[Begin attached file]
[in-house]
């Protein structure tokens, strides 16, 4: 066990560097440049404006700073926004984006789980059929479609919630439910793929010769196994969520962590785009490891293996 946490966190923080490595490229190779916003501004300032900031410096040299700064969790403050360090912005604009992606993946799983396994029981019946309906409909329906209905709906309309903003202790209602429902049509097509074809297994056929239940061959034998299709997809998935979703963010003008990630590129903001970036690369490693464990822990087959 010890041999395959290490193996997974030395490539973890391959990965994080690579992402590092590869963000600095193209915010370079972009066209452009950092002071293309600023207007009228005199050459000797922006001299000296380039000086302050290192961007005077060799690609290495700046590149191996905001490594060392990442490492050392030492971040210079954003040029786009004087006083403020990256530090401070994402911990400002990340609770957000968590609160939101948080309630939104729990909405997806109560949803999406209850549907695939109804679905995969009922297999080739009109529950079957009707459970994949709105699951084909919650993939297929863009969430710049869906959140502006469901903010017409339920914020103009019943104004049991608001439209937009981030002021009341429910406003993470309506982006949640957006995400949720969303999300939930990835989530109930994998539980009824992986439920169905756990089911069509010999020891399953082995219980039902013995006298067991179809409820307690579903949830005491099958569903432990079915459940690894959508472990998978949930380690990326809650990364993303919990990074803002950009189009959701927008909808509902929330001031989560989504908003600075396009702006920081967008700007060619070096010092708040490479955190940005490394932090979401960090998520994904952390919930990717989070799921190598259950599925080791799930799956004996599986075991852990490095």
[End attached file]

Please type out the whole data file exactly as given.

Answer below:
[in-house]
């Protein structure tokens, strides 16, 4: 066990560097440049404006700073926004984006789980059929479609919630439910793929010769196994969520962590785009490891293996 946490966190923080490595490229190779916003501004300032900031410096040299700064969790403050360090912005604009992606993946799983396994029981019946309906409909329906209905709906309309903003202790209602429902049509097509074809297994056929239940061959034998299709997809998935979703963010003008990630590129903001970036690369490693464990822990087959 010890041999395959290490193996997974030395490539973890391959990965994080690579992402590092590869963000600095193209915010370079972009066209452009950092002071293309600023207007009228005199050459000797922006001299000296380039000086302050290192961007005077060799690609290495700046590149191996905001490594060392990442490492050392030492971040210079954003040029786009004087006083403020990256530090401070994402911990400002990340609770957000968590609160939101948080309630939104729990909405997806109560949803999406209850549907695939109804679905995969009922297999080739009109529950079957009707459970994949709105699951084909919650993939297929863009969430710049869906959140502006469901903010017409339920914020103009019943104004049991608001439209937009981030002021009341429910406003993470309506982006949640957006995400949720969303999300939930990835989530109930994998539980009824992986439920169905756990089911069509010999020891399953082995219980039902013995006298067991179809409820307690579903949830005491099958569903432990079915459940690894959508472990998978949930380690990326809650990364993303919990990074803002950009189009959701927008909808509902929330001031989560989504908003600075396009702006920081967008700007060619070096010092708040490479955190940005490394932090979401960090998520994904952390919930990717989070799921190598259950599925080791799930799956004996599986075991852990490095």